A Calculus goal was to be more upfront about where some of our patterns come from this year. I really disliked Named Theorems. For example, I have found no purpose if having kids learn the name "Fundamental Theorem of Calculus." It becomes a parrot moment. You say "what's the Fundamental Theorem of Calculus?" and I'm sure they can rattle off the pattern. But is there any connection to what that actually does? Does it improve their ability to calculate a definite integral with that name? I think it's debatable. Talking about final minus initial position has served me better.

Shoutout to my time at the Desmos Fellowship for the following revelations. Sam and Sarah blew my mind with the area model for a derivative of two products. The proof is so beautiful and perfectly suited for high school kids. WAY better than the awful derivation from the limit definition that flew over my head. I used it during Hurricane School with great effect. The question was prompted, well what about the derivative of a quotient? Does that have a proof? I didn't have an immediate answer, but YouTube to the rescue. The relationship made at the beginning was brilliant.

Here are both proofs written out:

Just so simple. And easily discussed in a few minutes. AB got to the product and quotient cases some time later, and I made a point to show them where the patterns come from. I wasn't super interested in them regurgitating the proof, I just wanted them to follow the logic. We were able to have some great discussions about the communicative nature of the two setups. The terms in a product derivative can go in whatever order we choose. A quotient requires us to be more careful. Later we saw that the product can scale to more than two functions.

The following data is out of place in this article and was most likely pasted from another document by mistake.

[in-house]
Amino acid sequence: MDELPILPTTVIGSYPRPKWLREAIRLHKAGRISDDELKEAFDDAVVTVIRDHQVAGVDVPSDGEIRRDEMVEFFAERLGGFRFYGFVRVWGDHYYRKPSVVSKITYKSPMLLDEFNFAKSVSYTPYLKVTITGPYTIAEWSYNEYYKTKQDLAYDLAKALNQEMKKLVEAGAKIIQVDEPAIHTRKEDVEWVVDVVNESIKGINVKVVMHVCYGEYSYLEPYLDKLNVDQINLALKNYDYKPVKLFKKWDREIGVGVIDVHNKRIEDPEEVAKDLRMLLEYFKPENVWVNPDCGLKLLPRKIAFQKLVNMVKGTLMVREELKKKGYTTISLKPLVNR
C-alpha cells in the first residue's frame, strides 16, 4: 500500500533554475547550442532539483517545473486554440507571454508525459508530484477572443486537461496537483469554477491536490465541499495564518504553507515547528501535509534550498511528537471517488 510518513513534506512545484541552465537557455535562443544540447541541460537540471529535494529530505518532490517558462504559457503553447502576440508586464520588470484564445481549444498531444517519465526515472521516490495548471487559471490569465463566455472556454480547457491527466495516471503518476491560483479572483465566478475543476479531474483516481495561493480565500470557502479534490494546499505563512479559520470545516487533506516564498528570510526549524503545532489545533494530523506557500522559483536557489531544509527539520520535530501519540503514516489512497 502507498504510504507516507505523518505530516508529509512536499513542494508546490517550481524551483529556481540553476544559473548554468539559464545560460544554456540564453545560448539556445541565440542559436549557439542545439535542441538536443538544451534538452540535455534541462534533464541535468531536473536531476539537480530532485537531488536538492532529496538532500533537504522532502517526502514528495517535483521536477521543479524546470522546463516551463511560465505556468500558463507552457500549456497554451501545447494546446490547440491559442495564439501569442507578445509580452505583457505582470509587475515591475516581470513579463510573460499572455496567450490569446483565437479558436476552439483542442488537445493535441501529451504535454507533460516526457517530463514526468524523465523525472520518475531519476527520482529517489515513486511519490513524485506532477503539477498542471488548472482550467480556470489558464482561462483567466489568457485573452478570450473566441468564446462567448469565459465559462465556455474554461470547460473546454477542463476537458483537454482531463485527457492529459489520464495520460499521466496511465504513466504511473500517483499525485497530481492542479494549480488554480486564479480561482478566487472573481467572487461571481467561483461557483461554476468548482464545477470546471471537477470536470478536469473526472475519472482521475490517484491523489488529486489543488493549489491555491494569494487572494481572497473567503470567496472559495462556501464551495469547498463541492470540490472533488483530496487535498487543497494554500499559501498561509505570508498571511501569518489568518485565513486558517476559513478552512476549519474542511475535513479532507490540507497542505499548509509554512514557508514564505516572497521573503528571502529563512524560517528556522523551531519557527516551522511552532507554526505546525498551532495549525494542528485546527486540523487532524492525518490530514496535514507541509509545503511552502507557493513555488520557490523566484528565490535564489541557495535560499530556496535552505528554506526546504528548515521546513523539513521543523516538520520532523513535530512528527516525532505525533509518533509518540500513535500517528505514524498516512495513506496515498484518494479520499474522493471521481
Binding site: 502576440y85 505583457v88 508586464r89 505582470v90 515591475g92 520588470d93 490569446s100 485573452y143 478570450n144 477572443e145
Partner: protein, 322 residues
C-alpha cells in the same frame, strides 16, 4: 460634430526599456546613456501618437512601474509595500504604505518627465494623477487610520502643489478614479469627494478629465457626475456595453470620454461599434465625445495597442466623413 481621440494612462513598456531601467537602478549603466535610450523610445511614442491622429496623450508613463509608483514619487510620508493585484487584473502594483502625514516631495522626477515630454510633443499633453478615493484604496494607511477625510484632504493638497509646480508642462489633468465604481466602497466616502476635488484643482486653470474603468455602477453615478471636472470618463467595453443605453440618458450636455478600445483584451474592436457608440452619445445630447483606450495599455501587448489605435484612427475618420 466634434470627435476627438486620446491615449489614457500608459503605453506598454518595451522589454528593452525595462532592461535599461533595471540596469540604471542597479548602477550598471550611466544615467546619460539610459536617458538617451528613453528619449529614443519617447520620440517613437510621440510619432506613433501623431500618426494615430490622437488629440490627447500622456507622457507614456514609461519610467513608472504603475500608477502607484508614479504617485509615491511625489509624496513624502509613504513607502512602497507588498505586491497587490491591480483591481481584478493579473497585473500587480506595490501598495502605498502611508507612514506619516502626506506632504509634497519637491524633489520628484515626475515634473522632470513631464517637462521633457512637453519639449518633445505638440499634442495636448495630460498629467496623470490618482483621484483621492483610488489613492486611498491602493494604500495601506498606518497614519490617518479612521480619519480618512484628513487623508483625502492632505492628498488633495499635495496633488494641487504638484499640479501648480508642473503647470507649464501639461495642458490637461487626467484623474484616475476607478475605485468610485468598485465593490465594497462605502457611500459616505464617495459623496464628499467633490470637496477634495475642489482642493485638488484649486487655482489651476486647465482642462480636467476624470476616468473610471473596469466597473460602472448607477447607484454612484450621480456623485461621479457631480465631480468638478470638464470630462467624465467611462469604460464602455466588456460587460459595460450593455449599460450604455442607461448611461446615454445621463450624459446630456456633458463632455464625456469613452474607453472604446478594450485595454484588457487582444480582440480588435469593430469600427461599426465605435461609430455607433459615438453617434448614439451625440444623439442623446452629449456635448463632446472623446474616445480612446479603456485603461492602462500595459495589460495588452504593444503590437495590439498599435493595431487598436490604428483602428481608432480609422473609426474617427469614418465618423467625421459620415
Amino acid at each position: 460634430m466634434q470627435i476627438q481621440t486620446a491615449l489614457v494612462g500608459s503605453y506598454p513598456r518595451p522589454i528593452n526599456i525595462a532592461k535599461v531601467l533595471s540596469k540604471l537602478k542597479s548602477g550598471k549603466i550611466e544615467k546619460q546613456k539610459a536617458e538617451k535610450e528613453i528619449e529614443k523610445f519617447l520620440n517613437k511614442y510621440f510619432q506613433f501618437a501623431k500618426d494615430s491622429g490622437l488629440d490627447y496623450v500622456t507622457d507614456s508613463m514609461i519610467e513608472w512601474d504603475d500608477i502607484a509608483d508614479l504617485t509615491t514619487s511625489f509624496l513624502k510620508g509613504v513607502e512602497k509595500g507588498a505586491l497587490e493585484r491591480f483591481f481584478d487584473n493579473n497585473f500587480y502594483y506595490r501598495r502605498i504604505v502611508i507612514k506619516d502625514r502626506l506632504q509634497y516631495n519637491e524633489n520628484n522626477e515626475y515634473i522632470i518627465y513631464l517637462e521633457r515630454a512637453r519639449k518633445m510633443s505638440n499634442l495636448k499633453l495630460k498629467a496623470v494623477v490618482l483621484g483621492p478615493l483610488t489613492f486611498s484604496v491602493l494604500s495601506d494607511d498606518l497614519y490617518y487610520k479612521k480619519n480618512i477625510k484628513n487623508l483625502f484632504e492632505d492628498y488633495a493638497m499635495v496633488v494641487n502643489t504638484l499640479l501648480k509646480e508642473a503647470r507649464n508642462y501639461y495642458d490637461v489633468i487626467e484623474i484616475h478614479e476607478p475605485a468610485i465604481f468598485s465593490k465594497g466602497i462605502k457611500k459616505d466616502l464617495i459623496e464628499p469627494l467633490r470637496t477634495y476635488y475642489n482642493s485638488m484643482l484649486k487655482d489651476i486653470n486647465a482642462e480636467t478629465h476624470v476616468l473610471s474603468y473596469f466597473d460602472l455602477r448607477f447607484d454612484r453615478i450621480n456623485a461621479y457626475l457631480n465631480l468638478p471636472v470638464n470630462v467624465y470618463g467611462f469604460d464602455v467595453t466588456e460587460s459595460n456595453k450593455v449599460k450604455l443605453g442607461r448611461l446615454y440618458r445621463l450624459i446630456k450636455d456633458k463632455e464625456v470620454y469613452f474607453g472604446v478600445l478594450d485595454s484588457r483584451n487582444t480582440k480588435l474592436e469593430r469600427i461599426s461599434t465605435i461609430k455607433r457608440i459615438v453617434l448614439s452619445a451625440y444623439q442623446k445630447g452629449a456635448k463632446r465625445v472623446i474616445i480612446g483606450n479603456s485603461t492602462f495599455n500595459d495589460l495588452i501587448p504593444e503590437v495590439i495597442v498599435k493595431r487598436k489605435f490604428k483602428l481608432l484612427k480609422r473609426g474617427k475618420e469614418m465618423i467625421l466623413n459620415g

I decided to cover all our derivative use cases now, rather than coming back to them. Next was exponentials and logs. Twitter to the rescue:

Later Dave Cesa dropped this bomb:

Once you establish e^x is its own derivative, you can show the logic for a natural log:

Again, so great and simple. Props to me for having the foresight to cover implicit derivatives (and isolating dy/dx terms) prior to this, so the dy/dx logic wasn't crazy bananas to them.

In the end, yes, most kids will just learn the patterns as a matter of faith. They will forget these proofs and will probably never reproduce them unless they grow up to be math teachers. But it was important to me to show them that math isn't magic, that we can reason our way to new ideas. Don't take the product rule on faith because I said so.

I can tell you as a student seeing something like this would've been so helpful. Calculus, despite having a great teacher, was a series of rules I felt I had to learn for the sake of learning them. It was many years before I realized how it all fit together.

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AuthorJonathan Claydon